Aman is an avid Roosters and NSW fan, and he’s loved footy for as long as he can remember, playing versions of fantasy leagues way back in 2010 and beyond. And he takes inspiration from Wilfred (2016 winner) and Guy (2018 winner) from the SuperCoach Champions, as well as Tim Williams (2020 runner up) from the SCPlaybook.

And that’s possibly where he gets his trepidation about broadcasting from, despite his overwhelming positive fan feedback.

“LOL what do you know about SuperCoach?” was a comment from a listener at one point, and while it seems fairly innocuous, it was this comment that has stuck with Aman to this day.

“It stoked a fear that maybe I don’t actually know what I’m doing and it struck a real fear inside me,” he said.

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At the end of the day, podcasters put their opinions and advice out there for those who wish to receive it. And while Aman feels certain pressures “…to simply show up each week”, he is inclined to press forward because he is passionate – and widely lauded.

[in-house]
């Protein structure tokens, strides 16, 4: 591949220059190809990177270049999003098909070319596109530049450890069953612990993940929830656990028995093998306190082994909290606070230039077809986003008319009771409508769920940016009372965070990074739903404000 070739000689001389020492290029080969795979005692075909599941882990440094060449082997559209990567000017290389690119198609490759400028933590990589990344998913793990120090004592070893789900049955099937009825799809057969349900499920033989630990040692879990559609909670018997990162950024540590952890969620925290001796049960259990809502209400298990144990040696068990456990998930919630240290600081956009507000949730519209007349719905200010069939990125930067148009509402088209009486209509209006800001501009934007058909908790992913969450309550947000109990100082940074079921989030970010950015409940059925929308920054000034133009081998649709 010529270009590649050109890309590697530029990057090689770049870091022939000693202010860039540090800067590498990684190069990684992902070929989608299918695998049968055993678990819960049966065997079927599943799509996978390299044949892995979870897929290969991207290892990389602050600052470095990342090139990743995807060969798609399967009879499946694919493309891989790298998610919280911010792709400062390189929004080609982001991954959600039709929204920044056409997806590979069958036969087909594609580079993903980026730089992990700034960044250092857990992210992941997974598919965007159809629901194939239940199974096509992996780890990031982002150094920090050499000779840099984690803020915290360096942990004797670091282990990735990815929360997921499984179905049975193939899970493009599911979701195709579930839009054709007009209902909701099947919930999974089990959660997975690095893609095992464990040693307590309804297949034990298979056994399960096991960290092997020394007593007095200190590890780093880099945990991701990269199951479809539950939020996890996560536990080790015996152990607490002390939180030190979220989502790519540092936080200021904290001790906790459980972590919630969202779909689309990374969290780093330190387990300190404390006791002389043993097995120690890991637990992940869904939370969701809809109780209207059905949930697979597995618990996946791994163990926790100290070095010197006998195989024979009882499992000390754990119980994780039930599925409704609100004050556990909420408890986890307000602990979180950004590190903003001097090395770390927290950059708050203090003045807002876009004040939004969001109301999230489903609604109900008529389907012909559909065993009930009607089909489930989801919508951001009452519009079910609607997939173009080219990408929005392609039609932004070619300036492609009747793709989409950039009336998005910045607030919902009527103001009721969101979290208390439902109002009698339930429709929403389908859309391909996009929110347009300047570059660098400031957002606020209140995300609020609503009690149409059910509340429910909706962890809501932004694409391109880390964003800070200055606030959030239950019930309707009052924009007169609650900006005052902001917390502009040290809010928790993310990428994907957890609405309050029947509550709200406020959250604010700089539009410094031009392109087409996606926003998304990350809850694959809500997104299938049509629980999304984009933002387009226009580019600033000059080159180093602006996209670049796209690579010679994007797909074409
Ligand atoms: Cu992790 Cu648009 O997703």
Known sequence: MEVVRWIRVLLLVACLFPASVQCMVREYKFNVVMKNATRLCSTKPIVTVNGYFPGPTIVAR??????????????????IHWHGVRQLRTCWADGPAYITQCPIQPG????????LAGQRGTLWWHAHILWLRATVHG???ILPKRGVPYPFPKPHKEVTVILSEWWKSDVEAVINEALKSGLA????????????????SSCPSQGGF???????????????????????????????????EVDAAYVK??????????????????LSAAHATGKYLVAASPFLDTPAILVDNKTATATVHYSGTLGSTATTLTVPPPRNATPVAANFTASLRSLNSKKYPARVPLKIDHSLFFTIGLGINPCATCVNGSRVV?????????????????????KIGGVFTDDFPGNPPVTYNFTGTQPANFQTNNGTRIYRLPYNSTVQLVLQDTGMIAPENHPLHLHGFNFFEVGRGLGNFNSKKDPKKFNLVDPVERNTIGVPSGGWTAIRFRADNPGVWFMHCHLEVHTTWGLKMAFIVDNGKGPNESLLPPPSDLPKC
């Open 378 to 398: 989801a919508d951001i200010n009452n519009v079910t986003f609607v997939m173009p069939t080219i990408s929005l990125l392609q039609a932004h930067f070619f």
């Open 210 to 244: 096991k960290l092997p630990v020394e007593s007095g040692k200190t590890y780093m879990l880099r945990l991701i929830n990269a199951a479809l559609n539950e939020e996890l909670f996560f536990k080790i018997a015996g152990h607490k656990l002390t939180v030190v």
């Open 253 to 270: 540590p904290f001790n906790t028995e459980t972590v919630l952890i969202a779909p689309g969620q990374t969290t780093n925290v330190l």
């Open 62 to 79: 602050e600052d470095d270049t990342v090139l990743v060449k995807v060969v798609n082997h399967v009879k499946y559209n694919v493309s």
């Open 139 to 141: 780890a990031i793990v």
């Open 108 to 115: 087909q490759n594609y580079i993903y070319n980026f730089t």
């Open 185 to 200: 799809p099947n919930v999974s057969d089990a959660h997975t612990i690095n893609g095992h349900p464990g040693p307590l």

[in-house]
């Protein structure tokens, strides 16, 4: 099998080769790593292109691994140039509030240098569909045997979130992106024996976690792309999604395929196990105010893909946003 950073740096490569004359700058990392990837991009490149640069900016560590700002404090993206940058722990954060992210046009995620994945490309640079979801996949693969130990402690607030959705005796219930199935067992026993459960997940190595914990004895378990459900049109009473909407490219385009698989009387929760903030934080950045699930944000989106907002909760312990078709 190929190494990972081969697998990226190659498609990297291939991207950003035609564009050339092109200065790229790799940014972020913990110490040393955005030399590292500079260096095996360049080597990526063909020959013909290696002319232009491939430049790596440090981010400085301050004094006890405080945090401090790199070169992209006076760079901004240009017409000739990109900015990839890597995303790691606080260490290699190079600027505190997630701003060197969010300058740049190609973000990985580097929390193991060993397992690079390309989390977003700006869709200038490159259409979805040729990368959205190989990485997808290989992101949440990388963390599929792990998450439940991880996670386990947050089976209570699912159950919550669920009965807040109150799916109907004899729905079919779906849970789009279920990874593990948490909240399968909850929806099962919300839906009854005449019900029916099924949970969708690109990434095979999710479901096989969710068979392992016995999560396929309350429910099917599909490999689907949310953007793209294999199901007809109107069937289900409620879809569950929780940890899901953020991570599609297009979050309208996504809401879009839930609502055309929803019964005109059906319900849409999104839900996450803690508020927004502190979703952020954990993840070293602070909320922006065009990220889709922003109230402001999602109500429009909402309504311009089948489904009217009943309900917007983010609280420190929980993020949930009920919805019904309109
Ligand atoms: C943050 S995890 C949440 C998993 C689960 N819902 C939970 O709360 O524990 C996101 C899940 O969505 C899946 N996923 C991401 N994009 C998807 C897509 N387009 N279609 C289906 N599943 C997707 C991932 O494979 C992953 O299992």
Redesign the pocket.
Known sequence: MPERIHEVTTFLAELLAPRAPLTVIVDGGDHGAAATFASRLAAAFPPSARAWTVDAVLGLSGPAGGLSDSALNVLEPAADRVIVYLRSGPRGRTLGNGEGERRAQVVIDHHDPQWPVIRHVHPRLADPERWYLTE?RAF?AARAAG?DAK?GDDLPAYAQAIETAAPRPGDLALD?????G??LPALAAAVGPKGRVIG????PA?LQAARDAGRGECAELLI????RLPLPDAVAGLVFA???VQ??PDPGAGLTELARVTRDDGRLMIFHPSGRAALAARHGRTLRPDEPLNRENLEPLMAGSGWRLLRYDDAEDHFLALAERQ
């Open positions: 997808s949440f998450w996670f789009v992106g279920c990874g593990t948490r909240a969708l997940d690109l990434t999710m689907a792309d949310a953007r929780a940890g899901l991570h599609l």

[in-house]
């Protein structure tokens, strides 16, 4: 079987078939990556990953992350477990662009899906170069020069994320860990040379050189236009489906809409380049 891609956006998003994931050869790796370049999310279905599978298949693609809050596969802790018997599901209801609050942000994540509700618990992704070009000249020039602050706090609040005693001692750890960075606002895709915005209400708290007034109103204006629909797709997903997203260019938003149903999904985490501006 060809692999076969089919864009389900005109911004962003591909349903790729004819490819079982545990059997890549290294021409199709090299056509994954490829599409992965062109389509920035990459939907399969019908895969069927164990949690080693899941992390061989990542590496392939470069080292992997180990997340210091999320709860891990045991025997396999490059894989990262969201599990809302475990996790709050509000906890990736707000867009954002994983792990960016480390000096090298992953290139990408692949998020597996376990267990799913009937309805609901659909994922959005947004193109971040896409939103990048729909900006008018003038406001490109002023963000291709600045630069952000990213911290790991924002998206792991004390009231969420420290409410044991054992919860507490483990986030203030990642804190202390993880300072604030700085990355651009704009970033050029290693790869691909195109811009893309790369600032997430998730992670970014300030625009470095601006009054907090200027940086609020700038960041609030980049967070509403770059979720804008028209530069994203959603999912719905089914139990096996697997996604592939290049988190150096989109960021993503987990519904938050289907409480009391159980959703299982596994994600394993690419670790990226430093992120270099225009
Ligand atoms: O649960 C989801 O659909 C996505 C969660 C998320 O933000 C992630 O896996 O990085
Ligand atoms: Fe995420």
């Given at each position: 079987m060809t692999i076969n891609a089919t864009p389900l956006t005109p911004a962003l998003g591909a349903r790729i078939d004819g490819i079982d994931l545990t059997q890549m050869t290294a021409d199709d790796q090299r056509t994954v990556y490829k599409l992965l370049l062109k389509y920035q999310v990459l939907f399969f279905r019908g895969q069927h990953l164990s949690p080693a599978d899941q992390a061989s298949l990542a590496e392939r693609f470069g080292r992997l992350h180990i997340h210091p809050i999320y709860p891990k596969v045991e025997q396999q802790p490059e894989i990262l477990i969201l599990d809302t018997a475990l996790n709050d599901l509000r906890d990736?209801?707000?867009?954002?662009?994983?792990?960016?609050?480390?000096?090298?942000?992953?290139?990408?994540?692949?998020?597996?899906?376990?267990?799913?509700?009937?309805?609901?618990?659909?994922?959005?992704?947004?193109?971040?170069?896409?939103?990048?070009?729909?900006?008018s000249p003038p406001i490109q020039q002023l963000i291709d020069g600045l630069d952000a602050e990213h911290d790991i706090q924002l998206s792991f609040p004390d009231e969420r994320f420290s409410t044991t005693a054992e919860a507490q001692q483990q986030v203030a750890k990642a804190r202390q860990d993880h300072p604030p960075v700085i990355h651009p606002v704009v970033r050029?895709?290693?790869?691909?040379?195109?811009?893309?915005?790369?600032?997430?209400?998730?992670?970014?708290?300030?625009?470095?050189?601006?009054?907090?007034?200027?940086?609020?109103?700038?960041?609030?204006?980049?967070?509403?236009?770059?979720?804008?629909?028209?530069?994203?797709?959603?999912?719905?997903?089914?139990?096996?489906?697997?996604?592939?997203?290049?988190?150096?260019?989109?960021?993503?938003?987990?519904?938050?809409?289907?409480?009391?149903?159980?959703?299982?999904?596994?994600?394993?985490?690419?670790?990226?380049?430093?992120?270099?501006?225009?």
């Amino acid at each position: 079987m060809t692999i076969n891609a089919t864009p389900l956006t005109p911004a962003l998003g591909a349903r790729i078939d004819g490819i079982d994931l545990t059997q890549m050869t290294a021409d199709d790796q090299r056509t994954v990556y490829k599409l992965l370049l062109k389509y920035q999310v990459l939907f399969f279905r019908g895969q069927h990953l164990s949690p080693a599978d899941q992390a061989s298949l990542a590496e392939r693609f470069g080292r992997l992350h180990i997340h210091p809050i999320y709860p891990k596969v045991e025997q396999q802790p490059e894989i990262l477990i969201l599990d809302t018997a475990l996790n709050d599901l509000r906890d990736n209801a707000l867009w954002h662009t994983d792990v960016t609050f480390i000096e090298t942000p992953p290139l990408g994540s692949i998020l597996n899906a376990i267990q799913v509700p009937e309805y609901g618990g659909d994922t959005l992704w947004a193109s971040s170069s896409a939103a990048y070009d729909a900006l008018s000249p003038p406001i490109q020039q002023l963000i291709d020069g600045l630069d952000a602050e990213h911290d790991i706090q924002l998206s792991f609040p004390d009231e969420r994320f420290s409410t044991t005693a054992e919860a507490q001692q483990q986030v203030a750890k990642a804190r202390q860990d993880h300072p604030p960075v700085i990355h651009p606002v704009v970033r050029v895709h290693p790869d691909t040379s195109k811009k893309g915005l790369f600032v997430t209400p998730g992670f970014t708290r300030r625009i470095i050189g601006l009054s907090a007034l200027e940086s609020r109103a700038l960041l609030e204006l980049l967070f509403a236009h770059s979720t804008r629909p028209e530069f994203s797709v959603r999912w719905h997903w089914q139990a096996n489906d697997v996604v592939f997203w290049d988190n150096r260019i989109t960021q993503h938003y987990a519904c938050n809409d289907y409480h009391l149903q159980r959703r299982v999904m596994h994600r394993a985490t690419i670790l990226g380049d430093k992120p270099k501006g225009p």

“I always want to produce quality. The content always has to be good. And there is always a challenge to achieve a high ranking. People will call you out on your ranking and be less inclined to follow you if you’re not doing well.”

But SuperCoach performance can be hugely impacted by luck.

Tim Williams (scplaybook1) had been working as a journalist at News Corp for at least five years when he decided to launch himself fully into running the now hugely popular SCPlaybook, a news service and league bible.

The year was 2020 and Tim really wanted to make a fist of it. That year he came second overall: a jaw-dropping finish that has solidified his position as one of the go-to blokes in the sphere. Skills and knowledge? Absolutely. But was it luck?